Well, 2016 is done and dusted and it was certainly a tumultuous one - hopefully there's a bit more plain sailing ahead. As it's the first Wednesday of the year it's time for us all to reconvene and see where we are in our writing and associated insecurities, all thanks to the Insecure Writer's Support Group. Hosted as ever by Ninja Captain Alex J. Cavanaugh, our co-hosts for January are Eva @ Lillicasplace, Crystal Collier, Sheena-kay Graham, Chemist Ken, LG Keltner and Heather Gardner.
Insecurities - yep, they're still hanging around, but as it's a New Year I am going to do my best to place them to one side and put my best foot forward in terms of writing, editing and marketing. In broad terms, my goals for the year are to finish the first draft of the final book in my trilogy by the end of February, and to start gearing up for the release of Book 1 in summer or early autumn. I also want to come up with some creative ideas for marketing but before that release, I'd like to try some more things with my short story collection that is already out there. Hopefully, I will also have time to write and submit one short story per month.
Now, let's turn to the IWSG's question prompt for January - one that plays well into insecurity, I think! The question is: "What writing rule do you wish you'd never heard?"
This is an interesting one as it got me thinking about rules in general - and personally I believe that there are no rules for writers, merely guidelines or suggestions. Even the biggest selling books probably break one or more rules that are in circulation at some point. My approach is to treat each story on its own merits and use what works. Of course, there are things I try to avoid - like many people, I don't like adverbs, particularly when used to describe how a character says something, as I believe they are a way of "telling" what the character is feeling that could instead be inferred by their words and body language. But again, it's advice rather than rules. An occasional, judiciously placed adverb might be okay. That said, to answer the question, the "rule" I probably wish I'd never heard is "Write what you know".
I don't particularly like this little phrase because I believe it's easily misinterpreted by starting writers who think it restricts them to writing about what is in their everyday lives. After all, I don't think Tolkien ever came face-to-face with a hobbit or that H.G. Wells travelled in a time machine. As writers, imagination is key and we are free to come up with the most outlandish worlds and scenarios possible. However, balanced against that, what I think drives any good story is characters that we can recognise and relate to. Ordinary people in extraordinary situations. Even if they don't react to their circumstances in the way the reader might, the reader should feel able to place themselves in a character's shoes and imagine what they might do. And it all stems from the writer's observations of human foibles and their skill as an interpreter of behaviour - which is likely to come at least partly from the people they interact with in their daily lives, even if indirectly.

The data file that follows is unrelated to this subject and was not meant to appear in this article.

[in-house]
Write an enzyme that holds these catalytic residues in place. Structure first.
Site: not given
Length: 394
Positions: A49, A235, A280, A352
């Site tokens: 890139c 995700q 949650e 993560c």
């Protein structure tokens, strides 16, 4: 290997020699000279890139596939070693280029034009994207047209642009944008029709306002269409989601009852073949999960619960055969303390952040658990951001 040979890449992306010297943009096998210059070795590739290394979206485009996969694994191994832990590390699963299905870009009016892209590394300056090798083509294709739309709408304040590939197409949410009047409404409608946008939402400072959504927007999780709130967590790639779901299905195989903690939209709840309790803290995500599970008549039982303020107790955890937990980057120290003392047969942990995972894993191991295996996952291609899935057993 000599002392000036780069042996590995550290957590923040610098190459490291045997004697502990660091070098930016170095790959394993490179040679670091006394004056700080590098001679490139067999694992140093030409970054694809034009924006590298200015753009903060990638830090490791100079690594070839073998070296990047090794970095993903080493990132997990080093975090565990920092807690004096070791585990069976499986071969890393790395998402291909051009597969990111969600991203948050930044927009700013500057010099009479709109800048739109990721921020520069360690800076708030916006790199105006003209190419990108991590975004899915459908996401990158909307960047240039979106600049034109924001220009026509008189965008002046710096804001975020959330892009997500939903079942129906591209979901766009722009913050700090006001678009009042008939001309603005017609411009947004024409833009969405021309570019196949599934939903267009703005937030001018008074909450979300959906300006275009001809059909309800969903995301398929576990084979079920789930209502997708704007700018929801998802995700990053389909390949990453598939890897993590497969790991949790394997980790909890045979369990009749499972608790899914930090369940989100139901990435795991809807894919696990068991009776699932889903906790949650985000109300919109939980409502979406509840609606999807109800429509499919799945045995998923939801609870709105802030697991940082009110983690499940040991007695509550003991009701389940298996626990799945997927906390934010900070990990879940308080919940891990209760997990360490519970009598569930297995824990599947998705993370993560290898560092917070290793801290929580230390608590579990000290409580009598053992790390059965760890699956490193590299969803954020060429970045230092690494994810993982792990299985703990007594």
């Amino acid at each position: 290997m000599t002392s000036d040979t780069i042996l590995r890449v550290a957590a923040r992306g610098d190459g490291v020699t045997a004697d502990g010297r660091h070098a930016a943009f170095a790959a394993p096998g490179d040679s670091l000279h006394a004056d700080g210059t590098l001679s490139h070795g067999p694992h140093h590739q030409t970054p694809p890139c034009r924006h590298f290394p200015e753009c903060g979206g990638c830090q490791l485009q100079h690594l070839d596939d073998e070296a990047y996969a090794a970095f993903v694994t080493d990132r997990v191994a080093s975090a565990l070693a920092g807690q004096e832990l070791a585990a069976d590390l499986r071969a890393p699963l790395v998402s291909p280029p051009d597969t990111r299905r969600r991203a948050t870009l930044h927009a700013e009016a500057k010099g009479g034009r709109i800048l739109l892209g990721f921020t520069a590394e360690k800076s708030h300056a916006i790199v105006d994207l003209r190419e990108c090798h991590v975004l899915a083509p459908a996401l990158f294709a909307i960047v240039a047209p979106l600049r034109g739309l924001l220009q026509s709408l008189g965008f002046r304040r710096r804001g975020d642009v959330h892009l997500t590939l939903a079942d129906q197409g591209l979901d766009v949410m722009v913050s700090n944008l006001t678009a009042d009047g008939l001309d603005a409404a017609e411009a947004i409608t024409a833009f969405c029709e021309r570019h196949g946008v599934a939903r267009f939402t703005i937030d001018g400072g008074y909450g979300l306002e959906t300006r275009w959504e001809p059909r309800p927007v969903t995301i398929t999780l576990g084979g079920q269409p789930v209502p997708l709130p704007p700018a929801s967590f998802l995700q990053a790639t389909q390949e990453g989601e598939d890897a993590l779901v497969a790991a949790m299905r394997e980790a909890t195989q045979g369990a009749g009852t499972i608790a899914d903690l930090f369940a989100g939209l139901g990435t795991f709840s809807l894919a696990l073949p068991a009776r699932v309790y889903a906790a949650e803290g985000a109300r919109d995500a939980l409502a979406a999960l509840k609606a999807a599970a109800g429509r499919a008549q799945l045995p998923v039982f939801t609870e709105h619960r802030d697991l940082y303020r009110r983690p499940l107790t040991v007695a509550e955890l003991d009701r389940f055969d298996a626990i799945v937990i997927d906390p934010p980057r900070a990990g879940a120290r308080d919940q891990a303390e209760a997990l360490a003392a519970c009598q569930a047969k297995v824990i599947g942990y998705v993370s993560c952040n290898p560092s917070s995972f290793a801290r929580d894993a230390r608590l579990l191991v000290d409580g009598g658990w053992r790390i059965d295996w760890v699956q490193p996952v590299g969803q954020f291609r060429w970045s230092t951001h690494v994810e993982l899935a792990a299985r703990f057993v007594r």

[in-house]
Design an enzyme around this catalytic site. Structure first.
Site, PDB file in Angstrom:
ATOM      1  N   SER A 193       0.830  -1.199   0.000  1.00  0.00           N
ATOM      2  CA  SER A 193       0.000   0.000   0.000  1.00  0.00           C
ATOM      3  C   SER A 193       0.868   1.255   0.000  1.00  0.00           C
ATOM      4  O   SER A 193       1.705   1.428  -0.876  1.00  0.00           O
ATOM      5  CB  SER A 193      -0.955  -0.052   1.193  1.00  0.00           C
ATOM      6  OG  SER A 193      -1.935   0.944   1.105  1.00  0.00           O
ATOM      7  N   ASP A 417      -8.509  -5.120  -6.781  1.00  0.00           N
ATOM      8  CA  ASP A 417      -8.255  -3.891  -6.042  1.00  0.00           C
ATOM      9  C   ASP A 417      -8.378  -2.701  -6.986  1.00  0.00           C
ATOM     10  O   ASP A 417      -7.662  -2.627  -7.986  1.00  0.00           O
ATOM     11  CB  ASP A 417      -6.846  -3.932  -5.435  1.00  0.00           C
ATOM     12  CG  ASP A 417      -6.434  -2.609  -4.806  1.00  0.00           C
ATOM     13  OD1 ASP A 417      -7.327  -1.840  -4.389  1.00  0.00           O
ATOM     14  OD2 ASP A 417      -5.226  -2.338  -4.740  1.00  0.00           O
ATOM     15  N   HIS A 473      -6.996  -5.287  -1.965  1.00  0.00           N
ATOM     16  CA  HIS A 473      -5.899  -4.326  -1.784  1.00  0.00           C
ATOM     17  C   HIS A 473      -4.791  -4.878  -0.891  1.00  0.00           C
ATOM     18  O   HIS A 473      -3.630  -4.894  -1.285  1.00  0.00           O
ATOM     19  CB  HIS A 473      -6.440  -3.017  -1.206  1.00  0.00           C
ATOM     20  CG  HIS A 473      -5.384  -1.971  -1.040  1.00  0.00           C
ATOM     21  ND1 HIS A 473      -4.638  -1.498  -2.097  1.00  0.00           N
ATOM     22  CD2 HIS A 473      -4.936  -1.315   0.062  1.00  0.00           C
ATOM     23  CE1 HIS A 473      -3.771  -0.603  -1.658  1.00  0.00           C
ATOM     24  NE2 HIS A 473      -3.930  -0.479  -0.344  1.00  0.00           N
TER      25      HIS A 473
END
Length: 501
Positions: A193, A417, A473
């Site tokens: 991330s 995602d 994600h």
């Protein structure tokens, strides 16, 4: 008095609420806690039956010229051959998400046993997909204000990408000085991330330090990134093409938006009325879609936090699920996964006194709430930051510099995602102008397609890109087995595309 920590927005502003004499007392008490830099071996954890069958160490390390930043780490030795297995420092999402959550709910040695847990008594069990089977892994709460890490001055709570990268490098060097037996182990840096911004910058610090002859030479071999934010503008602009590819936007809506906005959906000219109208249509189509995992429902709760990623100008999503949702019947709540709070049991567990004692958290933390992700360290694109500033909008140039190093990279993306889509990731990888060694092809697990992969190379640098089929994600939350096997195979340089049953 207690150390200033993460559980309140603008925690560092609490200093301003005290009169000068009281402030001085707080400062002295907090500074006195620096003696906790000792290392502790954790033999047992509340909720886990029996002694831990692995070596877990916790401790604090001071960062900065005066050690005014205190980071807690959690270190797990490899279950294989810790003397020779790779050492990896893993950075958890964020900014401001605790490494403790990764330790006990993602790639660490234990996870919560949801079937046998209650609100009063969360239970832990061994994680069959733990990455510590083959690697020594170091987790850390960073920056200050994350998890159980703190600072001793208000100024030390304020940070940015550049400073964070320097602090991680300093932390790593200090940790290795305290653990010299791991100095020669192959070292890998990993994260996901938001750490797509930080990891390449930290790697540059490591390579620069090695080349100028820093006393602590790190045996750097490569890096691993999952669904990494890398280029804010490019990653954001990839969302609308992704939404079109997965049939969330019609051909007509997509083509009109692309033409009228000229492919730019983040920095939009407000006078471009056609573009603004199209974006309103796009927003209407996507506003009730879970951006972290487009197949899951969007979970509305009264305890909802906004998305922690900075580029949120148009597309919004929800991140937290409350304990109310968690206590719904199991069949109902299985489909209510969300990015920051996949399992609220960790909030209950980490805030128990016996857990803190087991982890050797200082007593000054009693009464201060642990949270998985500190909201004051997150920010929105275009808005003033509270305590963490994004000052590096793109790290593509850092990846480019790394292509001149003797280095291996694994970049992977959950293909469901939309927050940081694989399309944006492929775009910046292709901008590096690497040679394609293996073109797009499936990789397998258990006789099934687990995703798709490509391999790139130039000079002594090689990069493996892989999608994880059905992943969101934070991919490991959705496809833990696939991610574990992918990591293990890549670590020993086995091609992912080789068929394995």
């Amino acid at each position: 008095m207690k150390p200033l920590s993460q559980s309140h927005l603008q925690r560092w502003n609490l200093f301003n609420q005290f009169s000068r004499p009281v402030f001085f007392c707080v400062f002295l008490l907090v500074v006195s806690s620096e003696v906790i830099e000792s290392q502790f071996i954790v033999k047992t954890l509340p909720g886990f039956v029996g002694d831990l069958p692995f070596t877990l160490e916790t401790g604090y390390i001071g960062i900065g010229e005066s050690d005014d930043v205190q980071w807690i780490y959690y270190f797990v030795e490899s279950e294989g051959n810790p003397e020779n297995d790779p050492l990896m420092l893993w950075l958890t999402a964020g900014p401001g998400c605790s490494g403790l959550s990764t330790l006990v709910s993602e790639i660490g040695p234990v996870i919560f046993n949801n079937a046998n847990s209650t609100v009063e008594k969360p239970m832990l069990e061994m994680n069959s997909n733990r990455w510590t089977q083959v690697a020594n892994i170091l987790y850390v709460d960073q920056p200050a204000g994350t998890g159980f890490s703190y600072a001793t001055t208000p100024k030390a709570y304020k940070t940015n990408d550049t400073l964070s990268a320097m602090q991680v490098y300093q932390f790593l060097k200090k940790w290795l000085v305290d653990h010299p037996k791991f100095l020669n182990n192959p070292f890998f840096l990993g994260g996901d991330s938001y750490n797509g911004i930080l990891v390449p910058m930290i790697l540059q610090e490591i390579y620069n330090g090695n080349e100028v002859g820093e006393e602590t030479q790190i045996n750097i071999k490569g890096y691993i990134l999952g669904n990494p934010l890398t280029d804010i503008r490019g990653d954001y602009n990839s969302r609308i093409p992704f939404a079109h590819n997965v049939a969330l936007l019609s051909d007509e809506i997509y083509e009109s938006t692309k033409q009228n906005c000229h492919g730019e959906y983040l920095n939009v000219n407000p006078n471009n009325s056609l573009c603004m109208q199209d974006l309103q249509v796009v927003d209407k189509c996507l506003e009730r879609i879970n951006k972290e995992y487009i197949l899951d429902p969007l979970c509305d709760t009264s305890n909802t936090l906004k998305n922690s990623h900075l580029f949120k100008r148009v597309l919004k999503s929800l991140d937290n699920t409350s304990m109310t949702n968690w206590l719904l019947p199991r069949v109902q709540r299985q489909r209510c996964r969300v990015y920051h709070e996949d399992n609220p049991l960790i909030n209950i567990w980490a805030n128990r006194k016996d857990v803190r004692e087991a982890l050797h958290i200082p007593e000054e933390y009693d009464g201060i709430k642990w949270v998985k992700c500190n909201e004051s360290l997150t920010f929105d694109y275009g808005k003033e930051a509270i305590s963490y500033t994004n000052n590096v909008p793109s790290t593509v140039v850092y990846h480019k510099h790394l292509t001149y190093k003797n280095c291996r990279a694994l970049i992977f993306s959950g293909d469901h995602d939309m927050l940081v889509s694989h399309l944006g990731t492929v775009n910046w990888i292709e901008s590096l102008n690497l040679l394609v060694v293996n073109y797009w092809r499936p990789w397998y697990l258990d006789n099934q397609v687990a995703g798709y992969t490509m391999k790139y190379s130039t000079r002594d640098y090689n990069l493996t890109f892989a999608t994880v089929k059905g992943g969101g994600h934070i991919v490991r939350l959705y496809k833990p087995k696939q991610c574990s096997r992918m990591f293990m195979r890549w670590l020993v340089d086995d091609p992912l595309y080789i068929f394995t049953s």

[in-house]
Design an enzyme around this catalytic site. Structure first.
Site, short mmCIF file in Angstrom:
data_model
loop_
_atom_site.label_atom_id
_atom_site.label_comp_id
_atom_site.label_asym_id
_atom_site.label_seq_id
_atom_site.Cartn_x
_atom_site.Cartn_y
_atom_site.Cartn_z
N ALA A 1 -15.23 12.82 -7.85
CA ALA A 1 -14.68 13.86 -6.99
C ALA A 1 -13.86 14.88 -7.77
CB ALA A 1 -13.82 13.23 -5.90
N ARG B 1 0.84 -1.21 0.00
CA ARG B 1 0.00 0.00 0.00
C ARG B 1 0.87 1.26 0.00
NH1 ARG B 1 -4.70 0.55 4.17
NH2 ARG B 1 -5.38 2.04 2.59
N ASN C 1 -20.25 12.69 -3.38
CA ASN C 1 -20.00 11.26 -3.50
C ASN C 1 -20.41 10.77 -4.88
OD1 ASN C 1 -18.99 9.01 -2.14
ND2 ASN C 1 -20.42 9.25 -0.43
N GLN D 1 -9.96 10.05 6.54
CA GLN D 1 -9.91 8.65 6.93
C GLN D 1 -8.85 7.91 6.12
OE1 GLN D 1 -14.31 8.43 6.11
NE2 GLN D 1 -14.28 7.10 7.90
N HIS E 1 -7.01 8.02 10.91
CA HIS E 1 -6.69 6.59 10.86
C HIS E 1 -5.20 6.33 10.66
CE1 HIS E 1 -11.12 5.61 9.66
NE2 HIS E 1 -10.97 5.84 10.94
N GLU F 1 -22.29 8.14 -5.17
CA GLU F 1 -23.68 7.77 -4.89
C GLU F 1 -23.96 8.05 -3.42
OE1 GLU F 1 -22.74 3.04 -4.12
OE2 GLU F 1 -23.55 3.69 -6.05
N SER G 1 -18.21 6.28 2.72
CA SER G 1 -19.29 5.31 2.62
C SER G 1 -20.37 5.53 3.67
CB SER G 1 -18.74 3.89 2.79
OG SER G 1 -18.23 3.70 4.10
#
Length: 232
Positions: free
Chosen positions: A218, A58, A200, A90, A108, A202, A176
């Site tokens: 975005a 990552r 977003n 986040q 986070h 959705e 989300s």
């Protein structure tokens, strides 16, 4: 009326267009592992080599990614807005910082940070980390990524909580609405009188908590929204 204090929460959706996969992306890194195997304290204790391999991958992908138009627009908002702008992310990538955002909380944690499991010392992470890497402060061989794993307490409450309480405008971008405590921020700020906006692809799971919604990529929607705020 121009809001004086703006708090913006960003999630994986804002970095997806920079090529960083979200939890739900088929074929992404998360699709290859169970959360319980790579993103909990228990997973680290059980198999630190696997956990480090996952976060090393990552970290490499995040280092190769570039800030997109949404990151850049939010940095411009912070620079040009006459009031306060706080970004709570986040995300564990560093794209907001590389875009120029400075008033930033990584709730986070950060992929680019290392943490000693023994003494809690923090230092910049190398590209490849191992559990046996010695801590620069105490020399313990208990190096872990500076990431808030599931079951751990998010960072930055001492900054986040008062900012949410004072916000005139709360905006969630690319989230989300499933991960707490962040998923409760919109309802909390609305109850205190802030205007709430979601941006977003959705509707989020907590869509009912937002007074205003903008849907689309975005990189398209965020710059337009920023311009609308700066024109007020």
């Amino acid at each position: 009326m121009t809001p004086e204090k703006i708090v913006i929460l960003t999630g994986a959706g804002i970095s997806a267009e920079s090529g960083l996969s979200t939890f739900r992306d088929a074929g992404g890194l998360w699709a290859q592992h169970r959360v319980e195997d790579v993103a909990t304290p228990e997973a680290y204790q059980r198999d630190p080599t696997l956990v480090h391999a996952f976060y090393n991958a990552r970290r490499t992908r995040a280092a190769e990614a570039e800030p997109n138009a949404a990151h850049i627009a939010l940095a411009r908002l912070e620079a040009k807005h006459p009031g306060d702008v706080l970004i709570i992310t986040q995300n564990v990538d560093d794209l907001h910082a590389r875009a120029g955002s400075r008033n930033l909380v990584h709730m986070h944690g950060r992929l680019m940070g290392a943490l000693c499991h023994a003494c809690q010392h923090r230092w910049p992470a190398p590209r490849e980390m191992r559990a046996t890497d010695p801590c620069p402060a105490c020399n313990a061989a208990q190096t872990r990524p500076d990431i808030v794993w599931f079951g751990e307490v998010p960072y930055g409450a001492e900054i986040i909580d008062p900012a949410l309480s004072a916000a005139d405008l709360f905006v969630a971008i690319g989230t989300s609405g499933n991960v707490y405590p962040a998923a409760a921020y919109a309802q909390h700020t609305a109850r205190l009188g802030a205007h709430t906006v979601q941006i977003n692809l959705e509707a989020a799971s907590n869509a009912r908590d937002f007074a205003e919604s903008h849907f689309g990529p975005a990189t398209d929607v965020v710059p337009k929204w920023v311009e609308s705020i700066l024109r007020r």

So, for me, this is what the phrase "write what you know" means. I just think it's too easily misleading, and something like "write what you know about how ordinary people would react to extreme circumstances" might be better - although granted, it's not quite as catchy.
How about you? What writing rules get your goat? Find out what other IWSG authors have to say here.
PS: I'm off to New York in a couple of days, accompanying my wife on a week-long work trip. There'll be time for sightseeing too and I'm stoked about visiting the Big Apple for the first time. Based on that, I probably won't be able to return all comments right away but I'll be sure to get back to everyone on my return. Happy New Year!